Lopes F, Smith R, Nash S, Mitchell RT and Spears N. Irinotecan metabolite SN38 results in germ cell loss in the testis but not in the ovary of prepubertal mice. Mol Hum Reprod. 22(11):745-755. 2016.

van den Driesche S, Macdonald J, Anderson RA, Johnston ZC, Chetty T, Smith LB, Mckinnell C, Dean A, Homer NZ…Mitchell RT. Prolonged exposure to acetaminophen reduces testosterone production by the human fetal testis in a xenograft model. Science Translational Medicine. 7(288): p. 288ra80. 2015.

van den Driesche S, McKinnell C, Calarrão A, Kennedy L, Hutchison GR, Hrabalkova L, Jobling MS, Macpherson S, Anderson RA… Mitchell RT. Comparative effects of Di(n-Butyl) phthalate exposure on fetal germ cell development in the rat and in human fetal testis xenografts. Environmental Health Perspectives 123(3): 223-233. 2015.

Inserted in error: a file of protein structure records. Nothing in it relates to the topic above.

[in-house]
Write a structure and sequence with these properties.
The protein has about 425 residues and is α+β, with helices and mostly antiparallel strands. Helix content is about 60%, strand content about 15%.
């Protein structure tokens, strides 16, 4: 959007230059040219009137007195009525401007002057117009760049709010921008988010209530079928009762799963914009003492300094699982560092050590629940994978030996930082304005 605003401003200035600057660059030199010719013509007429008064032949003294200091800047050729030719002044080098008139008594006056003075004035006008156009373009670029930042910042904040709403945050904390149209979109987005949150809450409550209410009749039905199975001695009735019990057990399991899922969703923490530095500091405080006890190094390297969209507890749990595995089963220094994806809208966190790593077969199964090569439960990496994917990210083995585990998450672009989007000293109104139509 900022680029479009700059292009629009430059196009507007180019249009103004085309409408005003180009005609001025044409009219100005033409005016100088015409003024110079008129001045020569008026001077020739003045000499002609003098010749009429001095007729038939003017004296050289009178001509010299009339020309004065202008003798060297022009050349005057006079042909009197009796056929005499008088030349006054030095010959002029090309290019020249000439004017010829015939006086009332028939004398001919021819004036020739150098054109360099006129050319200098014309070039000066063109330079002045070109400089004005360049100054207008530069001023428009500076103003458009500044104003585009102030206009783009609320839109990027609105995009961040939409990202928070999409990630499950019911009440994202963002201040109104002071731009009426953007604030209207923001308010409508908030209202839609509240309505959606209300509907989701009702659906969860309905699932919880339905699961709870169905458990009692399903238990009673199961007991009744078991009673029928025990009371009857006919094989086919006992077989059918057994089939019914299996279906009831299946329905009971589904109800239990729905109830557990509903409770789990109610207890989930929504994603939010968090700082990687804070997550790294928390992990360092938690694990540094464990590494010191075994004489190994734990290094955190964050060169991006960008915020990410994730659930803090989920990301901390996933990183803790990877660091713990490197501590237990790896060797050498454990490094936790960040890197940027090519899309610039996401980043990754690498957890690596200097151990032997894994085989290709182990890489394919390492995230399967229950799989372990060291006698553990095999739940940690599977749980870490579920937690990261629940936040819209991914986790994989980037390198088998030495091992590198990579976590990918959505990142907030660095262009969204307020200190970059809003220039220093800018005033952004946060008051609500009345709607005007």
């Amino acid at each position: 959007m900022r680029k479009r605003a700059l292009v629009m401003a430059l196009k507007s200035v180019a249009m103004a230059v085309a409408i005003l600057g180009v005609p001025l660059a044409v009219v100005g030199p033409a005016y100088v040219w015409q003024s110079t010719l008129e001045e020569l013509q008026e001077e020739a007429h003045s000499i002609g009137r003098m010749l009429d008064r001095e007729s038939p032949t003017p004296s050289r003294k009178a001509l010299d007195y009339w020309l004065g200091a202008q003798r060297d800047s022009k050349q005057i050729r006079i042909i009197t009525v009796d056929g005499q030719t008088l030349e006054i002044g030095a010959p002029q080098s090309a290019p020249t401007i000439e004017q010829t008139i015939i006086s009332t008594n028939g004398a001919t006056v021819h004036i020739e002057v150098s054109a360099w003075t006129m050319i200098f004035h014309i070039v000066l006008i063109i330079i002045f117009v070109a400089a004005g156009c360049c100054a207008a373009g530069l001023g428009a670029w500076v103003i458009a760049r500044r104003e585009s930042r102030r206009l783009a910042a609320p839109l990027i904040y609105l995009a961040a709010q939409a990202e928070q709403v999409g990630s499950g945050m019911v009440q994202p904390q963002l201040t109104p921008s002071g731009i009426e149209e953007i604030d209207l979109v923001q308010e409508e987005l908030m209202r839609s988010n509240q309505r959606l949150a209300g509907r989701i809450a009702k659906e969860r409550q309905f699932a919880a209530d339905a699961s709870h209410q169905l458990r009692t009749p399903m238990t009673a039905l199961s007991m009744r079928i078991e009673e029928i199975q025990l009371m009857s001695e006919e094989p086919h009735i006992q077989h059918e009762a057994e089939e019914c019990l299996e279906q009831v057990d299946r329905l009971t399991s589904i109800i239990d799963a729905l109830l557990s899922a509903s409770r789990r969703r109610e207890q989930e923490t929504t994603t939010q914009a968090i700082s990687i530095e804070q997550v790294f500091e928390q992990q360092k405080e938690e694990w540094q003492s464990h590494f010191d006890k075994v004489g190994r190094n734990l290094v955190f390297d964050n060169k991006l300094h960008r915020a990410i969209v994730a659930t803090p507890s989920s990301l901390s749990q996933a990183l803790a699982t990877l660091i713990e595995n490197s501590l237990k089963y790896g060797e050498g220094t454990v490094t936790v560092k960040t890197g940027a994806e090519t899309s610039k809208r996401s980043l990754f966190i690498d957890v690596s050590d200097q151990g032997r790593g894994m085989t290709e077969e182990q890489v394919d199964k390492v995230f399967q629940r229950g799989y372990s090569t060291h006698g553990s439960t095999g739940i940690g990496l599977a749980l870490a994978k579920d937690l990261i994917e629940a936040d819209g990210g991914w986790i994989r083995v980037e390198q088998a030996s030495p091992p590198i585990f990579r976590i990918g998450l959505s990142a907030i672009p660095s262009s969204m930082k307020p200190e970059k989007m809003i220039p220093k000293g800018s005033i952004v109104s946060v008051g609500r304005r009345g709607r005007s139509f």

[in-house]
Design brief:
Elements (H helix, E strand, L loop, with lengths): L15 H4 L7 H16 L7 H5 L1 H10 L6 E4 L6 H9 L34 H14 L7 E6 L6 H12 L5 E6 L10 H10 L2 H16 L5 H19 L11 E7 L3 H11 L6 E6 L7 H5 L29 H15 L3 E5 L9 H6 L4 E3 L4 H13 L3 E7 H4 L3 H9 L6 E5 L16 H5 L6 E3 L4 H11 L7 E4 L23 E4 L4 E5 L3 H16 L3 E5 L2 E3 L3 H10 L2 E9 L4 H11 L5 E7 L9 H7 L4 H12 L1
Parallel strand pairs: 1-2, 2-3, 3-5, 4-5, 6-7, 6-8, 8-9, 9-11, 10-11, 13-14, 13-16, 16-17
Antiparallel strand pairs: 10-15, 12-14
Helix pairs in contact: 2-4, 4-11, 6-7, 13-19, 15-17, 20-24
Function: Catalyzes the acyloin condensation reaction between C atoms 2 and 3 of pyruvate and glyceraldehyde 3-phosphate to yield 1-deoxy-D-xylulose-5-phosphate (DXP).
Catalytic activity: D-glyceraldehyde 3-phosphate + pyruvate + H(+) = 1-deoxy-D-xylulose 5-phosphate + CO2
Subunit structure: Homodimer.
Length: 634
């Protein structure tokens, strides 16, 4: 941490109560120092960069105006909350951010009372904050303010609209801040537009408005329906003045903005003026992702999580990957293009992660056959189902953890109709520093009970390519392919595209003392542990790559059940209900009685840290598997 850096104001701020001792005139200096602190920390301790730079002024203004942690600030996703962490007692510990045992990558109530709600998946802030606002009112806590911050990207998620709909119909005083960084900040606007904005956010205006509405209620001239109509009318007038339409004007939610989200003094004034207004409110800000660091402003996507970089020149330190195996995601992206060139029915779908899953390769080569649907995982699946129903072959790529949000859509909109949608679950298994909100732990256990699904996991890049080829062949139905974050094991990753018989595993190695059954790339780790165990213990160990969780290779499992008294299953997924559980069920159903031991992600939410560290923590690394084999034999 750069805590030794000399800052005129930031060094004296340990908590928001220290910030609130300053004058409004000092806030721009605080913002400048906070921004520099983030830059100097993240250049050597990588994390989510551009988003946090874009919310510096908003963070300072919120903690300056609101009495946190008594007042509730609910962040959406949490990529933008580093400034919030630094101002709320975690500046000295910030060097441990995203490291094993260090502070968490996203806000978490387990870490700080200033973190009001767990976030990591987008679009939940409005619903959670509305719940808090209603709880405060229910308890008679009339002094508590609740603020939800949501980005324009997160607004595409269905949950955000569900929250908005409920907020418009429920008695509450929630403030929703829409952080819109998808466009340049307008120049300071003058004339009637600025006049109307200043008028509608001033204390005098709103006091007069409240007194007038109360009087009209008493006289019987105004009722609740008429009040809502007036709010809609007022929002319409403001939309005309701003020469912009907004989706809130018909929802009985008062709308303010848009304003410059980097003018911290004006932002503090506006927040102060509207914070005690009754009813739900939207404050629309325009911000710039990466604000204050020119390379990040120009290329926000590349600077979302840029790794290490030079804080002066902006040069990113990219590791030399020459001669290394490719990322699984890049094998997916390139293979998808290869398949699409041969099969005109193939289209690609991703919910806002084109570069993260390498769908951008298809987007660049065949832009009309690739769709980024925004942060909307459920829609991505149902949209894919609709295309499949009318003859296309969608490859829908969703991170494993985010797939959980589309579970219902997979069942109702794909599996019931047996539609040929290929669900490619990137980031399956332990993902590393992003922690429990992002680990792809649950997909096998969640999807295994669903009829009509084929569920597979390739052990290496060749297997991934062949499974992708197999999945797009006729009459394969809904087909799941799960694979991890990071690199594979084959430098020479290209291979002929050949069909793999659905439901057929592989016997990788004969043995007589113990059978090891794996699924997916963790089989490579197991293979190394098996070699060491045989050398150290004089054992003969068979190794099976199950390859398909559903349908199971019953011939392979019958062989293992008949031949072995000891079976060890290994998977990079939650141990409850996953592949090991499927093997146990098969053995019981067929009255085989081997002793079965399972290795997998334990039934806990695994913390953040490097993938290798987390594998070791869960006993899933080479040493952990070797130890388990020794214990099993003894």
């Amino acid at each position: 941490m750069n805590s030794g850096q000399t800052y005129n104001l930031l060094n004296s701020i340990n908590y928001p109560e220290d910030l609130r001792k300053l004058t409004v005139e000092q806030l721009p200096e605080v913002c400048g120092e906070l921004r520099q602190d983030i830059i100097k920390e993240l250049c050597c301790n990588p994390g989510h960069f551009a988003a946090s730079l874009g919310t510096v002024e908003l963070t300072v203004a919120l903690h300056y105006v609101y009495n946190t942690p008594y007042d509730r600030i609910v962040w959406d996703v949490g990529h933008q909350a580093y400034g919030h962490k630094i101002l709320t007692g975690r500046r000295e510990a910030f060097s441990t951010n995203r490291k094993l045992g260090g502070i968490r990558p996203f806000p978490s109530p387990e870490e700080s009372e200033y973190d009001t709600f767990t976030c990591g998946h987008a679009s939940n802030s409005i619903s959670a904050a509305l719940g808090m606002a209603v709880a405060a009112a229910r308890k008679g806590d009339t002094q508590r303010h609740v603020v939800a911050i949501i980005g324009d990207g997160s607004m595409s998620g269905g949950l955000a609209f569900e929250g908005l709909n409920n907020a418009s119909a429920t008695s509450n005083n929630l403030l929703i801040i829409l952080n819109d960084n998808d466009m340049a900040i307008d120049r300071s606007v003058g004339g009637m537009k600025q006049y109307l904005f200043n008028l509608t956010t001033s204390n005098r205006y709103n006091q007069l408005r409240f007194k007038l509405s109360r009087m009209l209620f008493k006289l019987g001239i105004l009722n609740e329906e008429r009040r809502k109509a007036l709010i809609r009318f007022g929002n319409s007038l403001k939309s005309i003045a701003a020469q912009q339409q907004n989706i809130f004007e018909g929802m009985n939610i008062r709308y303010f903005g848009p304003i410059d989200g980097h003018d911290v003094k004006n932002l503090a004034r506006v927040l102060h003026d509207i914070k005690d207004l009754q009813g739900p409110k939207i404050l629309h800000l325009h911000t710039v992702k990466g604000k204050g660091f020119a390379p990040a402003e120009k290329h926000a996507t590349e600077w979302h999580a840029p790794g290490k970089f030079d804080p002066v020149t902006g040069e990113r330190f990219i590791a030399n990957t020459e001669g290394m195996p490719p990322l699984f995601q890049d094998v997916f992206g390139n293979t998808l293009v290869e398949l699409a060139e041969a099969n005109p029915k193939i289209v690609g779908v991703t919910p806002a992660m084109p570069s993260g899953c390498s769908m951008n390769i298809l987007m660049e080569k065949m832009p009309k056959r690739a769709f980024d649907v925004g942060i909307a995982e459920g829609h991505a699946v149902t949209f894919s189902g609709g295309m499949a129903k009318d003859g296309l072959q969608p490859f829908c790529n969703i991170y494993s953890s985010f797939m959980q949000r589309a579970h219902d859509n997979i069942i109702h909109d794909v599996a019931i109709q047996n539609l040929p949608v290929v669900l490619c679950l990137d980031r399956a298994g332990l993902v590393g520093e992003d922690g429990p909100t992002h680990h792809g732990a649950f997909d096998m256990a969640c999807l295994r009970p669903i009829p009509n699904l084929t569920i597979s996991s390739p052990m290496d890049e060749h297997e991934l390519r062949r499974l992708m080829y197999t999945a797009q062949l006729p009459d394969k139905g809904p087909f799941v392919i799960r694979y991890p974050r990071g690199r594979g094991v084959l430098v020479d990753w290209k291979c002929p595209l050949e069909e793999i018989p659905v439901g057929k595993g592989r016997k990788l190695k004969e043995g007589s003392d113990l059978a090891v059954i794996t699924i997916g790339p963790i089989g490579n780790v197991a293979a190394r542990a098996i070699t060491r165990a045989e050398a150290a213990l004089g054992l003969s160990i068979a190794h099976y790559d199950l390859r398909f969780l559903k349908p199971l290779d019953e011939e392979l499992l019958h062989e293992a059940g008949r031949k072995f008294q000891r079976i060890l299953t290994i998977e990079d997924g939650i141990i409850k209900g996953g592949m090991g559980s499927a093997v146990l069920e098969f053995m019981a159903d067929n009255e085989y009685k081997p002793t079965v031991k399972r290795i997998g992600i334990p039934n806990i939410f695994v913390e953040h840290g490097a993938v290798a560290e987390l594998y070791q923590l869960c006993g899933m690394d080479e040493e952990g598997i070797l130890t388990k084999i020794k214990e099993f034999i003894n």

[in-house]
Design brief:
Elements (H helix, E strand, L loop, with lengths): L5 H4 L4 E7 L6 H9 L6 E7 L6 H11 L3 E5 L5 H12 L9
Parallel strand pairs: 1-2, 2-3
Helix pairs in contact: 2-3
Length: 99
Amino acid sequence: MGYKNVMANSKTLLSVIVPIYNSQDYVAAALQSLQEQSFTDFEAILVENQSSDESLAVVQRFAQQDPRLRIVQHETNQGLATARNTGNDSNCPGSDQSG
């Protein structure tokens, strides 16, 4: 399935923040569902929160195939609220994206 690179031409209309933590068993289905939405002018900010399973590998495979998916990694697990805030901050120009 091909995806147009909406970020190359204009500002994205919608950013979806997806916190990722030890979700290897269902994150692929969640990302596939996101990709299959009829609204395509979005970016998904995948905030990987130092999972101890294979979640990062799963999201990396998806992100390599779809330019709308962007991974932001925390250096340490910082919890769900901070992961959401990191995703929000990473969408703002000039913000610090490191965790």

Anderson RA*, Mitchell RT*, Thomas W Kelsey, Norah Spears, Evelyn E Telfer, W Hamish B Wallace. Cancer treatment and gonadal function: experimental and established strategies for fertility preservation in children and young adults. The Lancet Diabetes and Endocrinology. 3(7):556-67. 2015. (* denotes equal contribution)

Picton HM… Jahnukainen K, Kliesch S, Mitchell RT, Pennings G, Rives N, Tournaye H, van Pelt AM, Eichenlaub-Ritter U, Schlatt S; A European perspective on testicular tissue cryopreservation for fertility preservation in prepubertal and adolescent boys. ESHRE Task Force on Fertility Preservation in Severe Diseases. Human Reproduction. 30(11):2463-75. 2015

A Jørgensen, JE Nielsen, S Perlman, L Lundvall, RT Mitchell, A Juul and E Rajpert-De Meyts. Ex vivo culture of human fetal gonads: Manipulation of meiosis signalling by retinoic acid treatment disrupts testis development. Human Reproduction. 30(10):2351-63. 2015